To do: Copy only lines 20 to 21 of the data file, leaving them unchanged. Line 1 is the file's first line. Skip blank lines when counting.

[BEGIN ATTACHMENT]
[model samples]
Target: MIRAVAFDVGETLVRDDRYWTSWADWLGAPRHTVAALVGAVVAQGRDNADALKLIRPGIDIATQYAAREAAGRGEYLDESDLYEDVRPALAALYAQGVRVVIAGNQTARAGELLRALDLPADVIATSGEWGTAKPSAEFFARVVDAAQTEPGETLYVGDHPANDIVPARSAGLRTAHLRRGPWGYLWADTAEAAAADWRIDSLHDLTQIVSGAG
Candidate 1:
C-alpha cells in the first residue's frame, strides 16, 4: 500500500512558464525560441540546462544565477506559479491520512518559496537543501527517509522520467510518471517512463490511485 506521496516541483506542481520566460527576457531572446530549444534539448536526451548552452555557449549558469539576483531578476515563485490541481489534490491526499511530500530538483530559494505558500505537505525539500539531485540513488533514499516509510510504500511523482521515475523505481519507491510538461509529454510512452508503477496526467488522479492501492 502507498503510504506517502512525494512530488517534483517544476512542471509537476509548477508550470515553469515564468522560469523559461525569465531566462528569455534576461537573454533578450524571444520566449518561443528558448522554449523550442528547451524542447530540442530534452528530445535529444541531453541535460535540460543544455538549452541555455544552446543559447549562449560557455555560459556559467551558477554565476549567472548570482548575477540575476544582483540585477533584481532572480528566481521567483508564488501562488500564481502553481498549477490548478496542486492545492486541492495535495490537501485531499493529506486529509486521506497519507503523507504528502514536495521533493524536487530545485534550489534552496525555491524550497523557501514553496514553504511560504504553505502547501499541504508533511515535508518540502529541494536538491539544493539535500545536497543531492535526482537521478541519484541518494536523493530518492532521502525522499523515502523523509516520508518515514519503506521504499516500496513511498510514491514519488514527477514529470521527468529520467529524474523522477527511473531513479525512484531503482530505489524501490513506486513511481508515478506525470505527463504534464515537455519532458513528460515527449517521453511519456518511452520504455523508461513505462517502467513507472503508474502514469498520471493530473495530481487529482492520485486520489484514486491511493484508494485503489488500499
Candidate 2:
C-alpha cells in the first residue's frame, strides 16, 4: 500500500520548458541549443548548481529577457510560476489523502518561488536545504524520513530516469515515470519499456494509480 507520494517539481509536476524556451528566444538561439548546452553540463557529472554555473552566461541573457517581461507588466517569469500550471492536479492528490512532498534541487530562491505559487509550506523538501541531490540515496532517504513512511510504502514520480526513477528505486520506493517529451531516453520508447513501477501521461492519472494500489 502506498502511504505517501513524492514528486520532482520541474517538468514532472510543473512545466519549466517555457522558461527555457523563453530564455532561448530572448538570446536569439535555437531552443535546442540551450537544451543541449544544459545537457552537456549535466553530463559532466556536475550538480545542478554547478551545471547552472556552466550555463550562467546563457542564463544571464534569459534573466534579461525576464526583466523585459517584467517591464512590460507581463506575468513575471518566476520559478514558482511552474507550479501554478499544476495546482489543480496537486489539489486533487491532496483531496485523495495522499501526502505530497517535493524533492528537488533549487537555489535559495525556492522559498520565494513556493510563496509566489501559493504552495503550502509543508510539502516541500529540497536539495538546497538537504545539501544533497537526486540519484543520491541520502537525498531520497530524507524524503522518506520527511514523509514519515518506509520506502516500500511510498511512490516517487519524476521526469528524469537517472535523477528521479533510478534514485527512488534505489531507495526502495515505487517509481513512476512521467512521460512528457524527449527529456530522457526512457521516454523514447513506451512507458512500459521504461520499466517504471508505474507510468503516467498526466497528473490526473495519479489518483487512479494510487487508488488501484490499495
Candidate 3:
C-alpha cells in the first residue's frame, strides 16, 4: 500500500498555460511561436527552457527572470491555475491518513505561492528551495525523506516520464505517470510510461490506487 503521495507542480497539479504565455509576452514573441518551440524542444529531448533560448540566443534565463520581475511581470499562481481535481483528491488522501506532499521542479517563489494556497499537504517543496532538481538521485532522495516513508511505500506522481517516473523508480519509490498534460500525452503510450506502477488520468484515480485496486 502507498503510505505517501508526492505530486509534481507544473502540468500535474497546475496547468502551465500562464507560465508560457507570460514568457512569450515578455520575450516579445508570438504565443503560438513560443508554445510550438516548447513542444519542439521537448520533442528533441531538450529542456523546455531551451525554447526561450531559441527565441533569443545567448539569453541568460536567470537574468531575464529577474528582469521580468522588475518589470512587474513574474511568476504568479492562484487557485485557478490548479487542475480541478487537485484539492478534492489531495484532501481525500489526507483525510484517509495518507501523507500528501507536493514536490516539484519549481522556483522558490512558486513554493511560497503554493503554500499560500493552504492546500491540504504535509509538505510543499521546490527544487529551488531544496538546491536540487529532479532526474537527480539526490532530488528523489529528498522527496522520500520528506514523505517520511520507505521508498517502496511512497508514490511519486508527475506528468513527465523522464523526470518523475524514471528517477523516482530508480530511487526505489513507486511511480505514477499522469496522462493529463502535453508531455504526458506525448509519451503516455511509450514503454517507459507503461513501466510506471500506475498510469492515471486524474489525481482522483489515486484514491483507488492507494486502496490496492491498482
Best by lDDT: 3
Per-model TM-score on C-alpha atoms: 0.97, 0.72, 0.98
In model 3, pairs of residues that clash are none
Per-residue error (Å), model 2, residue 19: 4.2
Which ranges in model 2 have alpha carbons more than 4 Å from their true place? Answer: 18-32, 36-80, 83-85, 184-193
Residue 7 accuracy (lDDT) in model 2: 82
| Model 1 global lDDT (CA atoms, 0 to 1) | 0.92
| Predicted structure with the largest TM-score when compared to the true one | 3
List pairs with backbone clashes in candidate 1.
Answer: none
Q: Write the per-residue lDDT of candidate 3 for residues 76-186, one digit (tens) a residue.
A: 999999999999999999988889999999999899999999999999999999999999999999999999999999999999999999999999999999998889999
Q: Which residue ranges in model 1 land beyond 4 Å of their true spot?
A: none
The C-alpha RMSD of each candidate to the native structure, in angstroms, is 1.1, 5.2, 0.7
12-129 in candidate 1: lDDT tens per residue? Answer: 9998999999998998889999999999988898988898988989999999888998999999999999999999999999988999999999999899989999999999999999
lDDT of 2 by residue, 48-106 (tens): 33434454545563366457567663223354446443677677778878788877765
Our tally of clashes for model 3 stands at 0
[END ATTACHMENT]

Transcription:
A: 999999999999999999988889999999999899999999999999999999999999999999999999999999999999999999999999999999998889999
Q: Which residue ranges in model 1 land beyond 4 Å of their true spot?